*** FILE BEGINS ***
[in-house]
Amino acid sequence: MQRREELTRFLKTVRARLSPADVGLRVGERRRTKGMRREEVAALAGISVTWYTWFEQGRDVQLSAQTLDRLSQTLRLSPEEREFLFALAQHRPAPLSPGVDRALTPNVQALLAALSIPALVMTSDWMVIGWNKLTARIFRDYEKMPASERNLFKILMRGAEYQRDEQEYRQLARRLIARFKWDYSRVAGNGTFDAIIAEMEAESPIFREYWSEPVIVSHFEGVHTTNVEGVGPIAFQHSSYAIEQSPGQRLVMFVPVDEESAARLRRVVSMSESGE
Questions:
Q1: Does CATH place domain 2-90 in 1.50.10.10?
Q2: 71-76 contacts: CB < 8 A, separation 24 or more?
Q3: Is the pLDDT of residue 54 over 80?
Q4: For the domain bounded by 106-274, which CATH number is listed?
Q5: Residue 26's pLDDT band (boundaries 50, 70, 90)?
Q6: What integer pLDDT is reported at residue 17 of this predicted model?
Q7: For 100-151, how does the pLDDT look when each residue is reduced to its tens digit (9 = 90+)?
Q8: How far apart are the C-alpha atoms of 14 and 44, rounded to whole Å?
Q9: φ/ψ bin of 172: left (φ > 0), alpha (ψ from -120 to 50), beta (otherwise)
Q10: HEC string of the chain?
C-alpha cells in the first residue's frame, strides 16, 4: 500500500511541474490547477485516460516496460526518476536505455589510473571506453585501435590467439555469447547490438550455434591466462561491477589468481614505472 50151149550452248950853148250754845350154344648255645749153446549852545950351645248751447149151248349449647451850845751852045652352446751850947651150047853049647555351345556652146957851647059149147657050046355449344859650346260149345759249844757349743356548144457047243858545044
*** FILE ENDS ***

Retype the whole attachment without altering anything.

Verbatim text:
[in-house]
Amino acid sequence: MQRREELTRFLKTVRARLSPADVGLRVGERRRTKGMRREEVAALAGISVTWYTWFEQGRDVQLSAQTLDRLSQTLRLSPEEREFLFALAQHRPAPLSPGVDRALTPNVQALLAALSIPALVMTSDWMVIGWNKLTARIFRDYEKMPASERNLFKILMRGAEYQRDEQEYRQLARRLIARFKWDYSRVAGNGTFDAIIAEMEAESPIFREYWSEPVIVSHFEGVHTTNVEGVGPIAFQHSSYAIEQSPGQRLVMFVPVDEESAARLRRVVSMSESGE
Questions:
Q1: Does CATH place domain 2-90 in 1.50.10.10?
Q2: 71-76 contacts: CB < 8 A, separation 24 or more?
Q3: Is the pLDDT of residue 54 over 80?
Q4: For the domain bounded by 106-274, which CATH number is listed?
Q5: Residue 26's pLDDT band (boundaries 50, 70, 90)?
Q6: What integer pLDDT is reported at residue 17 of this predicted model?
Q7: For 100-151, how does the pLDDT look when each residue is reduced to its tens digit (9 = 90+)?
Q8: How far apart are the C-alpha atoms of 14 and 44, rounded to whole Å?
Q9: φ/ψ bin of 172: left (φ > 0), alpha (ψ from -120 to 50), beta (otherwise)
Q10: HEC string of the chain?
C-alpha cells in the first residue's frame, strides 16, 4: 500500500511541474490547477485516460516496460526518476536505455589510473571506453585501435590467439555469447547490438550455434591466462561491477589468481614505472 50151149550452248950853148250754845350154344648255645749153446549852545950351645248751447149151248349449647451850845751852045652352446751850947651150047853049647555351345556652146957851647059149147657050046355449344859650346260149345759249844757349743356548144457047243858545044